Real Water has faced significant scrutiny due to a series of severe health issues reported by consumers. Among the most alarming cases is that of the Carriers, a family whose children suffered health issues after consuming Real Water.

One child was hospitalized with liver failure, avoiding the need for a liver transplant. Another child lost his mental clarity. This incident is not the only one; health authorities have identified five children with similar health problems, all of which have been linked to the consumption of Real Water.

Following these incidents, Real Water initiated a nationwide recall of its alkaline water product. The situation was further complicated by revelations from a former employee during a deposition, suggesting that the water’s production process might have been flawed, particularly in how a concentrate was mixed into the water.

The FDA is investigating, highlighting concerns over bottled water regulations. Meanwhile, the Carriers’ filed a lawsuit against Real Water, and the company denies the allegations against it.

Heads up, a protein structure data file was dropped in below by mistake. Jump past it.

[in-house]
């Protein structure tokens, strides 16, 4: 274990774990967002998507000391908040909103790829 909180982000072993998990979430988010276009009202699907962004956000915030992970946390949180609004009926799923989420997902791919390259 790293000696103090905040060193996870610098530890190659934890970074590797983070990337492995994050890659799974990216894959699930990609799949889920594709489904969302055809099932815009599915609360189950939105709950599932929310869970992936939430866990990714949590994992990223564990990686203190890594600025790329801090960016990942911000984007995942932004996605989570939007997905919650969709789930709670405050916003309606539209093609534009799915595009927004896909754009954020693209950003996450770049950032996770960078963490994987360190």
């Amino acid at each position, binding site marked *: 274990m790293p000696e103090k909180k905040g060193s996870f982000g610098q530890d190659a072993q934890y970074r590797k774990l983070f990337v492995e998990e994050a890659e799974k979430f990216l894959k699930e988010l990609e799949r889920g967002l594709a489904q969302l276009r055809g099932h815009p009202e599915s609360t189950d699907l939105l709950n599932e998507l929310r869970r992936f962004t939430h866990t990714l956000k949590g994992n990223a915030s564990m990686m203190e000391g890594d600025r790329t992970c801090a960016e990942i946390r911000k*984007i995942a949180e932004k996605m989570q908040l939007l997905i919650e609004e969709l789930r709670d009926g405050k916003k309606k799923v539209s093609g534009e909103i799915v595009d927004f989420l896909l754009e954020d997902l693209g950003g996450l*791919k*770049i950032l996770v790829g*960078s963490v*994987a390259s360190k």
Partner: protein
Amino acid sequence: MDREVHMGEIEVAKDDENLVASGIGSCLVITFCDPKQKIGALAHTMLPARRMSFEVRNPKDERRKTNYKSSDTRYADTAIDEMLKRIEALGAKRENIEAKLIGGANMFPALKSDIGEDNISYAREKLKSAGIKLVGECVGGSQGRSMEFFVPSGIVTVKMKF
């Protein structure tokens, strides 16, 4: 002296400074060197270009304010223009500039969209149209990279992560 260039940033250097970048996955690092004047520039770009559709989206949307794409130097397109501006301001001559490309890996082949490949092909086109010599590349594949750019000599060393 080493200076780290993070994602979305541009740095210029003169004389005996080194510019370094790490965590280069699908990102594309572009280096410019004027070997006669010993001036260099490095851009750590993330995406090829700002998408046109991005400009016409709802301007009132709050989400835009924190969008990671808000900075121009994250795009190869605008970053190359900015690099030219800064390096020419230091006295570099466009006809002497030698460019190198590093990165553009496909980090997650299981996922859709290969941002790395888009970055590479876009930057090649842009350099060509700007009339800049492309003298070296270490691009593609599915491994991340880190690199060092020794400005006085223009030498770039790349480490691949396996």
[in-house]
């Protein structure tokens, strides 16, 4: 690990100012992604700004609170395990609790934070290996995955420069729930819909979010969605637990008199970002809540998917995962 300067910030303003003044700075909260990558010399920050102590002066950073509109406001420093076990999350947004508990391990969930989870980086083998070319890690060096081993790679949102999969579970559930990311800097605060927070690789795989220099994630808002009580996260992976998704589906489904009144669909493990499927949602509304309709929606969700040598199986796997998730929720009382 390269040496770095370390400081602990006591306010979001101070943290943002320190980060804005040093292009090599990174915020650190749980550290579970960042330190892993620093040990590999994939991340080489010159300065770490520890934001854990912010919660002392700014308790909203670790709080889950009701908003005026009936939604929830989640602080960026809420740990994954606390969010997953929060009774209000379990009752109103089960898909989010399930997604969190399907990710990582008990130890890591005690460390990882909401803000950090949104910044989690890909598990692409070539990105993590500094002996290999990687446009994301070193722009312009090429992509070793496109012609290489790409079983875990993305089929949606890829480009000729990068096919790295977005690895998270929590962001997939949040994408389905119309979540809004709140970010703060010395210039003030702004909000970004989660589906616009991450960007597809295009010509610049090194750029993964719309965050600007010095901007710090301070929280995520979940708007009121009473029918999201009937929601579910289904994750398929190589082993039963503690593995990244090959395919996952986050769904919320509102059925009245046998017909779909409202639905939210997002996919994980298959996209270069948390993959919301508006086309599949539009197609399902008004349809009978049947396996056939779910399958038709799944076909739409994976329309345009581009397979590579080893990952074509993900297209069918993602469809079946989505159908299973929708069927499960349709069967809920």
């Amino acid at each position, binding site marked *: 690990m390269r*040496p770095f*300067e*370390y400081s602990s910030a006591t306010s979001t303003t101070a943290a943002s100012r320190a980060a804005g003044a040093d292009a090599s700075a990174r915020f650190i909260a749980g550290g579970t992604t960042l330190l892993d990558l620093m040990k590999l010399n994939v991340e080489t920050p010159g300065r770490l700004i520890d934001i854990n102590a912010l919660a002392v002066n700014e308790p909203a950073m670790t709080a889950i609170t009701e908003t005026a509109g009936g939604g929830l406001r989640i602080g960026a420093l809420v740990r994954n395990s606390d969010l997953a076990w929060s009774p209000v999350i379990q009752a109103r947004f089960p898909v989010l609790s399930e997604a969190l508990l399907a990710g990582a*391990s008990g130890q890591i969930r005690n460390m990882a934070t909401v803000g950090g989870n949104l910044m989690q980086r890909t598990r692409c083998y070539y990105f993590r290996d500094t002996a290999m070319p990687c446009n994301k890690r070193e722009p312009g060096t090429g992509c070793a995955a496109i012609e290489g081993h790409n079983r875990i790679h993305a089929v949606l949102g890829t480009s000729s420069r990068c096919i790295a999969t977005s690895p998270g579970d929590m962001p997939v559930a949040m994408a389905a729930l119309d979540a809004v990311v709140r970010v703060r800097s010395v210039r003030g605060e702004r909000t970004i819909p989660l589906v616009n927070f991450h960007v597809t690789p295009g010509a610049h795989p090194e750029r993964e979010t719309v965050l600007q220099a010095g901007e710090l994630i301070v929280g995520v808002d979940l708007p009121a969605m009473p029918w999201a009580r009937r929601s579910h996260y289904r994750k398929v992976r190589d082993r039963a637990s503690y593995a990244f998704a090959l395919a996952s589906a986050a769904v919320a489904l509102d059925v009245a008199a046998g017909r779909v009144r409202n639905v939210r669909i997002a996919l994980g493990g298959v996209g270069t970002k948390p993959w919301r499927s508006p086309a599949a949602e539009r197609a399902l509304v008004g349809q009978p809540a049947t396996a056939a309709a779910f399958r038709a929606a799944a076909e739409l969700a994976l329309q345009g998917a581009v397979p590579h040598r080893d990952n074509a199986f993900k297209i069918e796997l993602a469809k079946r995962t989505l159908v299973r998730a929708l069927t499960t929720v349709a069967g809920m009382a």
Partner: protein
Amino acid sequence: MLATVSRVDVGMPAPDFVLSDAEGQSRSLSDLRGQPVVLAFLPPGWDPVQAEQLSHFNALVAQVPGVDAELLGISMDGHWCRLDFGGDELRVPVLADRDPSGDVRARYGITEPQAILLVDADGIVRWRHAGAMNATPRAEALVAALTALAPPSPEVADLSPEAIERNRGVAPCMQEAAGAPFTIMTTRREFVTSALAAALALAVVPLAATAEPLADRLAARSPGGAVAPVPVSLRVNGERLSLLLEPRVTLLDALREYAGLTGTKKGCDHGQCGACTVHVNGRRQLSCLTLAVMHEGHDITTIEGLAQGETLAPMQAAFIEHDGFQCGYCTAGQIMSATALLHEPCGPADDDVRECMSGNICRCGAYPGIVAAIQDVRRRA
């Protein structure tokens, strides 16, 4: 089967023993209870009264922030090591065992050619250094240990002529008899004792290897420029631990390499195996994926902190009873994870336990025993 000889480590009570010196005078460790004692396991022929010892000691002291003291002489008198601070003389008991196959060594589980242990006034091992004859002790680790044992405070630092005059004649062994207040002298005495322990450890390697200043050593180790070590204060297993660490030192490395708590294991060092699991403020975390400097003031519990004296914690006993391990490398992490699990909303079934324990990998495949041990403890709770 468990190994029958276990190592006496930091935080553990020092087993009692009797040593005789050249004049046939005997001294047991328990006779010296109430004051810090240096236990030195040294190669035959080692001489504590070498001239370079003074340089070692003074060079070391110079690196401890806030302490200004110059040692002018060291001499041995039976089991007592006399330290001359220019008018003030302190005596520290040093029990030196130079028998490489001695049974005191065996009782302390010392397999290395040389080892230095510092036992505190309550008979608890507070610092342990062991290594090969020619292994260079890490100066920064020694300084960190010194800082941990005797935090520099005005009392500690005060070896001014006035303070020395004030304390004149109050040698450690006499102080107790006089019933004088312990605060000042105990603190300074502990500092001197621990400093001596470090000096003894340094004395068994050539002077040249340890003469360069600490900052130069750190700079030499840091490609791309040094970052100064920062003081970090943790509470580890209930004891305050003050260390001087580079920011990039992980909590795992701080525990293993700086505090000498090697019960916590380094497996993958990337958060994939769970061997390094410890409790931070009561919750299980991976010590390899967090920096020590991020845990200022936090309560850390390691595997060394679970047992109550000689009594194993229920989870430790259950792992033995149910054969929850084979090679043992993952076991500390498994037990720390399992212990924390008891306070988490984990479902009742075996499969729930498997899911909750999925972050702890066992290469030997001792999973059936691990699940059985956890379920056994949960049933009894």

A Joint Complaint against Real Water

In March 2021, a lawsuit was initiated in Nevada when five individuals filed a joint complaint against Affinity Inc., the company behind Real Water, and several of its retailers, including Terrible Herbst, Costco Wholesale, and Whole Foods Market.

The plaintiff claimed they suffered serious health issues after consuming Real Water, leading to a series of distressing medical outcomes.

One of the plaintiffs, Miriam Brody, was treated for liver failure at Henderson Hospital, a condition that followed her consumption of Real Water.

Another case involved Myles Hunwardsen, who experienced acute liver failure in September 2019 after consuming Real Water and subsequently underwent a liver transplant at UCLA following initial treatment in Henderson, Nevada.

Three other plaintiffs, Jazmin Schaffer, Tina Hartshorn, and Christina Sosa, incurred medical bills, with expenses reaching at least $300,000, as they received treatment across various hospitals.